Amour | Film reviews, news & interviews
Michael Haneke’s latest is emotionally wounding and predictably brilliant
In the 1960s the Kiwi cartoonist Kim Casali started the comic strip Love is… which mawkishly defined love in a series of statements like, “Love is…being able to say you are sorry” - messages still printed on Valentine’s cards to this day. In Austrian auteur Michael Haneke’s Palme d’Or winning latest, however, love is measured and told in pain: amour means longevity, dedication and the willingness to make difficult decisions. Try putting that on a greetings card.
Haneke’s twelfth cinematic feature is a triumph of both simplicity and daring. Amour tells the poignant story of Georges (Jean-Louis Trintignant, pictured below right with Emmanuelle Riva) and Anne (Emmanuelle Riva), an octogenarian couple, both retired music teachers. The discovery at the outset of Anne’s corpse - laid out on a bed, decked in flowers - casts a morbid shadow over the movie, and how she got there is shown as a prolonged flashback. We witness the stroke that marks the beginning of the end and see how Georges becomes his wife’s carer. In their suffering they are visited by their musician daughter Eva (Isabelle Huppert, pictured below left) and, at one point, a former student of Anne’s - Alexandre (real-life professional pianist Alexandre Tharaud).
Amour foregrounds two legends of French cinema, still burning brightly in their twilight years, flanked by modern era luminary Huppert. As Anne, Riva is nothing short of remarkable. Best known for her fragile beauty in 1959’s Hiroshima Mon Amour (a seminal performance in a seminal film), she’s still lovely, still a courageous actress, convincingly and unselfconsciously disappearing before our eyes. As Georges, Trintignant (And God Created Woman, The Conformist) is watchful, stoic yet haunted; this is after all his waking nightmare. Combined with Huppert, what a trio they make!
After the monochromatic magnificence and ambitious historical allegory of The White Ribbon (also a Palme d’Or winner – how does he do it?), Haneke strips things back. Although almost the entire film takes place in the couple's plush Parisian flat Amour does not lack stylistic flourishes. In fact, Haneke begins strikingly by almost booting in the screen: this marks the arrival of the fire service who burst through the double-doors of the apartment and take us dynamically into the film. It serves the story to focus on performance, thus Haneke uses filmic tricks sparingly but strikingly (a dream sequence stands out here) and diegetic music only; the film is predominantly comprised of static shots which hold us in the couple's agony.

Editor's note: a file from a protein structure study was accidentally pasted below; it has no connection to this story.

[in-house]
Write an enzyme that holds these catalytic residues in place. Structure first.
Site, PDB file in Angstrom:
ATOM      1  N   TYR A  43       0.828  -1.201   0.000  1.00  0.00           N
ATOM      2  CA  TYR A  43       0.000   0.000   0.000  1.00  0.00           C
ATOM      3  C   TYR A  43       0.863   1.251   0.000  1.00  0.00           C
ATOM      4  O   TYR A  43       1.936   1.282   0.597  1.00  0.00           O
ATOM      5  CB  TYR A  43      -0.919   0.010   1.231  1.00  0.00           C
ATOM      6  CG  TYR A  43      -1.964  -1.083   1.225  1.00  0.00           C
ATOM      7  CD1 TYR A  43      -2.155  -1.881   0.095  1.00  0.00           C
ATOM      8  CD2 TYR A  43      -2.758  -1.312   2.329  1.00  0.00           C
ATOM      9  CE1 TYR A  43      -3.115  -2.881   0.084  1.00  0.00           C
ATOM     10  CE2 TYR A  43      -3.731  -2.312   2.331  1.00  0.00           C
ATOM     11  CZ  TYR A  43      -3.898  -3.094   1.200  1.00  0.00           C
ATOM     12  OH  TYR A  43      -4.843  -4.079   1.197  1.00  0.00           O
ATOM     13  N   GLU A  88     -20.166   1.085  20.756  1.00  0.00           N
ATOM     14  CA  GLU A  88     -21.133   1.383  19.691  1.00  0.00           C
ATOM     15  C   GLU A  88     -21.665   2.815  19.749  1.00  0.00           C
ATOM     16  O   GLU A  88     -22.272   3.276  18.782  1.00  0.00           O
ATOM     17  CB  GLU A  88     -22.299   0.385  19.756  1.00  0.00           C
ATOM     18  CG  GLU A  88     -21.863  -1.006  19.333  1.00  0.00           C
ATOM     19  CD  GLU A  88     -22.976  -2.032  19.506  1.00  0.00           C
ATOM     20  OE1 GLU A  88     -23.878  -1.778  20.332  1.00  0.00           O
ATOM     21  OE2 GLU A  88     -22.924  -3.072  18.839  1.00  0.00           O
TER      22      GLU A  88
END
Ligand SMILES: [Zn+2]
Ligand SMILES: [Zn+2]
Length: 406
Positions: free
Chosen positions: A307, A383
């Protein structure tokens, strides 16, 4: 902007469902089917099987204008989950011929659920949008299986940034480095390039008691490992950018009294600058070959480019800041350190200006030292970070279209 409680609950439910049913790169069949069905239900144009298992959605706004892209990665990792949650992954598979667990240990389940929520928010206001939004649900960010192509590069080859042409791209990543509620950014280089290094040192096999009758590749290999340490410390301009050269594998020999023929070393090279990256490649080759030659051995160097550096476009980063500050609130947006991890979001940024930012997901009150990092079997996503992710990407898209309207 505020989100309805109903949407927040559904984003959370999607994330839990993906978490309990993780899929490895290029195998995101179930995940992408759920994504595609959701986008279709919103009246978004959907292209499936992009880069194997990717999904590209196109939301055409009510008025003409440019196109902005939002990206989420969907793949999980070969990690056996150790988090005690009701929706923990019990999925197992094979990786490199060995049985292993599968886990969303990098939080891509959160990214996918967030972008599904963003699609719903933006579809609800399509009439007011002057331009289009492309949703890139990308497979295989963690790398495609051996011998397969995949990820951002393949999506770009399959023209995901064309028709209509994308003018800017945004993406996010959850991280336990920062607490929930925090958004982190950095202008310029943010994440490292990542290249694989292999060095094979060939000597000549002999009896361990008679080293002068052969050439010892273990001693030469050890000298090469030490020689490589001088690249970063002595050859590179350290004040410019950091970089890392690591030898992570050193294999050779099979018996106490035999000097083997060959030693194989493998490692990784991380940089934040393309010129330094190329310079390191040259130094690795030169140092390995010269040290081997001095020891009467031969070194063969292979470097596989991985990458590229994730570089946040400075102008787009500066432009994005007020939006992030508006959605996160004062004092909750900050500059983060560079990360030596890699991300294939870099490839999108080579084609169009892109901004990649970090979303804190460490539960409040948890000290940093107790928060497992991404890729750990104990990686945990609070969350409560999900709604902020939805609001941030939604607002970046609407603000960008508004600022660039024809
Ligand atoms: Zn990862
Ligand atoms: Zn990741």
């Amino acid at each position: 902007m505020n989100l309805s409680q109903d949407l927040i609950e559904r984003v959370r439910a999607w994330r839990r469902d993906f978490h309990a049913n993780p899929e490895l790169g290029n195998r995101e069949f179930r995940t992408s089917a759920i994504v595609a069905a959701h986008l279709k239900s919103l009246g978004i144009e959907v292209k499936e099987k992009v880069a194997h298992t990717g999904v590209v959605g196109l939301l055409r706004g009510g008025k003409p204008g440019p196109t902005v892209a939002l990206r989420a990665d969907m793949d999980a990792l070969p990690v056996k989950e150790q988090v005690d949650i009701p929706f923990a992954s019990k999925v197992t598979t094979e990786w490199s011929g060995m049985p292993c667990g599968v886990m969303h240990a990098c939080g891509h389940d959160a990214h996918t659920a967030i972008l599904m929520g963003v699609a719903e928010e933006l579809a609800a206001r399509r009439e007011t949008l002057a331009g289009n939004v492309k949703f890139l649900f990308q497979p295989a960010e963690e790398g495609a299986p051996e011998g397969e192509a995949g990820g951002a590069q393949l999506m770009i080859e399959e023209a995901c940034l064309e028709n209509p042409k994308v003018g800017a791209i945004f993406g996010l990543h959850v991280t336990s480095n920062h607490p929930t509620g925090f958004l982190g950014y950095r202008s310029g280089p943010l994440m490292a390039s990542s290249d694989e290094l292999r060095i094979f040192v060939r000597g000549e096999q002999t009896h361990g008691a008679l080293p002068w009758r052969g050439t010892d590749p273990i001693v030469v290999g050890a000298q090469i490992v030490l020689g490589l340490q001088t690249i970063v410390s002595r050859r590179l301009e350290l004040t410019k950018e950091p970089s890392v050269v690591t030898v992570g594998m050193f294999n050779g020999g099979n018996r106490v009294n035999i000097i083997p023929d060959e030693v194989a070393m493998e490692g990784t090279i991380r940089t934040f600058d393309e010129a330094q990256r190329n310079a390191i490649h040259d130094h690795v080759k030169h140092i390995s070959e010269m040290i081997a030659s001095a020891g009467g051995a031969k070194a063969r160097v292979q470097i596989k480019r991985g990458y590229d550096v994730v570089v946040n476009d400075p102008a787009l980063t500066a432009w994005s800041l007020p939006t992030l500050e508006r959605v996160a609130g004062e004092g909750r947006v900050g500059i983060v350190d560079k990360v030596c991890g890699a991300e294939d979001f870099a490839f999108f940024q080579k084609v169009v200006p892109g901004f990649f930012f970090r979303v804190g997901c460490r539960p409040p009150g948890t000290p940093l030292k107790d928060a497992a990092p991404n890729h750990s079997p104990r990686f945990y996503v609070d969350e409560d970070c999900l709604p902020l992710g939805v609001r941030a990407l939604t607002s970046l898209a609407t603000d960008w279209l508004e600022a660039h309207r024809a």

As Oscar Wilde once said, “music is the art which is most nigh to tears and memory” and to these two it represents even more. To Anne it’s something she can no longer do, a method of self-expression now off limits. It grieves her to hear it - perhaps its absence might stave off their heartbreak? Haneke also realises that onscreen pain is all the more powerful when it’s barely contained and the couple spend most of the duration in just such pain. That does not mean that Amour is torturous to watch; it is after all a film about love, albeit love in the foreshadow of death. Haneke is so often accused of coldness but there’s tenderness in his work too and there’s plenty of that in evidence here.
In one pre-stroke sequence Georges recounts seeing a schmaltzy love story at the pictures as a child and it leaving him embarrassingly moved, yet he can’t recall the name of it. This utterly unique love story will not be so easily forgotten and it may well leave you embarrassingly moved. Amour is one of the films of the year, a work of spellbinding sincerity from a director of unerring courage and reliable brilliance.
- Amour is in cinemas from Friday
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